I sounds like your motherboard isn't receiving enough power.
Try clearing your cmos (bios) first. Make sure that you have both power connectors on your board connected properly, especially the 4 pin. I would also double check you cpu cooler and make sure it seated correctly.
You also said that you put a fan on your video card. Make sure you have applied the thermal paste properly
There's also a troubleshooting guide in the motherboard form.
Heat is your enemy. You want as little as possible, but you certainly don't want to refridgerate your system either.
CPU Normal temp range is 30-40 degrees celcius
GPU (Non-SLI/Crossfire) normal temp range is 45-55 degrees celcius (expect a lot of discussion about this range, this is the range i'm used to seeing)
Also, if you know the GPU is a problem, why not replace it first, then test your system again. Alternatively, you can go through the troubleshooting guide (link in my signature) to see if there is anything else wrong in your set up.
In short, no, you don't need a 700w PSU to power up your particular CPU. In fact, I can't think of any CPU requiring a 700w PSU. That being said, when there is a potential power insufficiency concern, know that the wattage output isn't as important as the amperage output.
I suggest you go through the troubleshooting guide, if you haven't already. Also post the specs of your PSU, run MemTest86+ (download from memtest.org), and come back with the results.
Do a breadboard build. To accomplish this, remove everything from the motherboard, except for the the CPU and heatsink, and heatsink fan.
1. Place the mobo on a non-conductive surface (wood, cardboard, etc)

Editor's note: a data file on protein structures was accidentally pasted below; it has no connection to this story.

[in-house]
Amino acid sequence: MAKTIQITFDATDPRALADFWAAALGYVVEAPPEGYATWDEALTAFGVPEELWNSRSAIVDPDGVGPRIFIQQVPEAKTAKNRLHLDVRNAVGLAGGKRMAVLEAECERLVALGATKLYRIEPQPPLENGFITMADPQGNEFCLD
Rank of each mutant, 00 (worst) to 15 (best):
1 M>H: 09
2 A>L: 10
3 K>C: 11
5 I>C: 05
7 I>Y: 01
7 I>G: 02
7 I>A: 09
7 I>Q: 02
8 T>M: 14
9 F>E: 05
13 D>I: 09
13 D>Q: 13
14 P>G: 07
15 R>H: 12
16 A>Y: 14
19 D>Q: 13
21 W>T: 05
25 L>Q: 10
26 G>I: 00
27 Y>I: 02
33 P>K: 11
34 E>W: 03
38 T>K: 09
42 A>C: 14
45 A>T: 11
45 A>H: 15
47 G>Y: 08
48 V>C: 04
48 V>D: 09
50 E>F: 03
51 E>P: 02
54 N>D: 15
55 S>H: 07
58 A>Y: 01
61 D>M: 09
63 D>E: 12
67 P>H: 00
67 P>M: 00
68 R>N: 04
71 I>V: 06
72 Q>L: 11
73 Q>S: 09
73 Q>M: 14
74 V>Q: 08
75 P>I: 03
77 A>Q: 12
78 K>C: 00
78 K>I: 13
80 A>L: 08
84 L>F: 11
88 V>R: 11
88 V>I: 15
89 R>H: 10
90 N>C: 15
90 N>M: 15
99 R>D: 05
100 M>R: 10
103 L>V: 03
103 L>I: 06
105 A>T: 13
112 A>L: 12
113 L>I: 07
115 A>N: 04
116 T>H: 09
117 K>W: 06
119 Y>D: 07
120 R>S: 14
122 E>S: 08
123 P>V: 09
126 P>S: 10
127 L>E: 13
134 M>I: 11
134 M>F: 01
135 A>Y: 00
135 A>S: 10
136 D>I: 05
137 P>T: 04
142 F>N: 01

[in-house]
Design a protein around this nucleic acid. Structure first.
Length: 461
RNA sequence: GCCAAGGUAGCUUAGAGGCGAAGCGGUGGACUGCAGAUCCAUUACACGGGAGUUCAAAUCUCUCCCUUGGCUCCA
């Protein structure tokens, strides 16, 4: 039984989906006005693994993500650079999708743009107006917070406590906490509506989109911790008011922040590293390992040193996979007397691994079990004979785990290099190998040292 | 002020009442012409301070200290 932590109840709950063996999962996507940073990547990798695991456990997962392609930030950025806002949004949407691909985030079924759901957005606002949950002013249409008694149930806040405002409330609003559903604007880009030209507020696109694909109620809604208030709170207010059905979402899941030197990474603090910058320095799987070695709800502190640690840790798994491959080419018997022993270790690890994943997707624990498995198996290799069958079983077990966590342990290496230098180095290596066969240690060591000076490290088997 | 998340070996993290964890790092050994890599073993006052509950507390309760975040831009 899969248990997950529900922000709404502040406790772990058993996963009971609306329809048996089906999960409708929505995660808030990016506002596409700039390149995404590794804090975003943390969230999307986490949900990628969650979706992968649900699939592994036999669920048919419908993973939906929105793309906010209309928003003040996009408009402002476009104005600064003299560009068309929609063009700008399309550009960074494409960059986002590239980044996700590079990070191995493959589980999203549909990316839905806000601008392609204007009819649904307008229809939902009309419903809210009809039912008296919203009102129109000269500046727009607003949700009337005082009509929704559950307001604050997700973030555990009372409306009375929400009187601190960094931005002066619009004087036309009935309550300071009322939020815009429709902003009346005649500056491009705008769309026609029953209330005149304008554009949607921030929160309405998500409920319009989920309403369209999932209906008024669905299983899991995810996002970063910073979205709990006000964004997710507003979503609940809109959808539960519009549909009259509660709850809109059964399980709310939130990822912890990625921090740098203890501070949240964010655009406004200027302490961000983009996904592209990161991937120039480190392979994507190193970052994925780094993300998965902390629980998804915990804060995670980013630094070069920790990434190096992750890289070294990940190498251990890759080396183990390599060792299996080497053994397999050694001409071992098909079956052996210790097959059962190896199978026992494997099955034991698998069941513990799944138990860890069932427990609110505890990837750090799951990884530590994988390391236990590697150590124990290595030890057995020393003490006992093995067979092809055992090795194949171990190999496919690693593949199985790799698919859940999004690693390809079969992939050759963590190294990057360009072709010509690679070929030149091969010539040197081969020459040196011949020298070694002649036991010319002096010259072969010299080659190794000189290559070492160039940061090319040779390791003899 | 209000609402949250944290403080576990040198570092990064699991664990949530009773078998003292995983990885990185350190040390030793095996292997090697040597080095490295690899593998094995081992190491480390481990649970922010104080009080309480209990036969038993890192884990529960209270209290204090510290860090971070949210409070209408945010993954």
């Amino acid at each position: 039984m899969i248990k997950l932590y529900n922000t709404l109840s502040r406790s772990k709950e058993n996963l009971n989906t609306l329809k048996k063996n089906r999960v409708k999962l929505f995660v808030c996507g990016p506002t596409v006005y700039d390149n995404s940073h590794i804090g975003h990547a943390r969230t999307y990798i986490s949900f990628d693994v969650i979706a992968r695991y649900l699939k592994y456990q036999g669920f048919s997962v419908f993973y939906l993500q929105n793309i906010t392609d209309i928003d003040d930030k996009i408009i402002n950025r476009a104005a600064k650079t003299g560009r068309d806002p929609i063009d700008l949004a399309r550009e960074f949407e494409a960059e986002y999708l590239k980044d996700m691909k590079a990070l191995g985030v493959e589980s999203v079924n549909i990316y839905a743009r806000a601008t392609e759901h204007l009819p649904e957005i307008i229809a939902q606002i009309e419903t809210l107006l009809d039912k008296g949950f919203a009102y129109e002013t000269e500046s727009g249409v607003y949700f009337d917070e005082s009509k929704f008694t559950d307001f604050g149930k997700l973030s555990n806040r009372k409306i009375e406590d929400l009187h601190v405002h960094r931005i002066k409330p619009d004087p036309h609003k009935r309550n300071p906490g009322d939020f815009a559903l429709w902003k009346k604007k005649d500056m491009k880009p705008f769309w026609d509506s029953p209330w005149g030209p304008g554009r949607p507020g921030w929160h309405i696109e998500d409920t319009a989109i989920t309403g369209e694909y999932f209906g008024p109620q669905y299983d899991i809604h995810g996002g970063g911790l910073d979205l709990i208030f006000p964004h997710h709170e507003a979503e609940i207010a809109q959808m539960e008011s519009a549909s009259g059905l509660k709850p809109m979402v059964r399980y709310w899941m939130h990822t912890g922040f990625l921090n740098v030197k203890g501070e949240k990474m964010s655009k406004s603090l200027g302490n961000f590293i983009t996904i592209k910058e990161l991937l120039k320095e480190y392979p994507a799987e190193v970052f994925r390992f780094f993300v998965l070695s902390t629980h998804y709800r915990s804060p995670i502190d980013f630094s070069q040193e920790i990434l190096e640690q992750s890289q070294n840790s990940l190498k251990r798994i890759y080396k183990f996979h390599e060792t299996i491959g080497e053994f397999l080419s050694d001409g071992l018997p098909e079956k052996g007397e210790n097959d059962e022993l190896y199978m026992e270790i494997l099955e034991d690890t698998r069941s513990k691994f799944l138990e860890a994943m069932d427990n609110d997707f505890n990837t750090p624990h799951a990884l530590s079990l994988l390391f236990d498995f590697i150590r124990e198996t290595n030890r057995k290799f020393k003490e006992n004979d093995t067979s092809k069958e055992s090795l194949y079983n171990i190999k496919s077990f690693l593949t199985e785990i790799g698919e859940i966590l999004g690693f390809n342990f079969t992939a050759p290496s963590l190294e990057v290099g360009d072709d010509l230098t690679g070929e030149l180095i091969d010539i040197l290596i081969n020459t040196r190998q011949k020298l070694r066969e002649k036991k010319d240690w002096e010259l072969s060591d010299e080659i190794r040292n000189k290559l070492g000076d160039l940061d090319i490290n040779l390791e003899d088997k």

2. Connect the PSU and don't forget about the 4/8-pin connector near the CPU
3. If the board has a power button embedded to it, use that to power up your board. If not, use a flathead screwdriver to jump the power switch pins.
At this point your board should be trying to POST, but it won't because you don't have RAM installed. Did you hear series of beeps (1 long, followed by 2-3 short)?
If yes, proceed to step 4. If not, you may have another bad board.
4. Install RAM, one module at a time, testing for display. If your monitor shows a display after you've installed all RAM modules, you should see a POST error indicating that no hard drive (or no OS) is found. If you install RAM and the display stops showing, you may have a bad RAM slot on the mobo.
5. Reconnect your hard drive. If your mobo POSTs, then continue to add the rest of your devices one at a time until either all are connected and your mobo still POSTs, or until you've added something and your mobo doesn't POST. Should the latter happen, remove the last connected device and try again.
6. If everything is connected and working (mobo POSTs) outside of the case, you likely have a short. If you have a short, remove and reinstall all brass standoffs. Now remove everything from the mobo, except for CPU, heatsink, and heatsink fan. Reinstall mobo to case, and follow steps 1-5 again.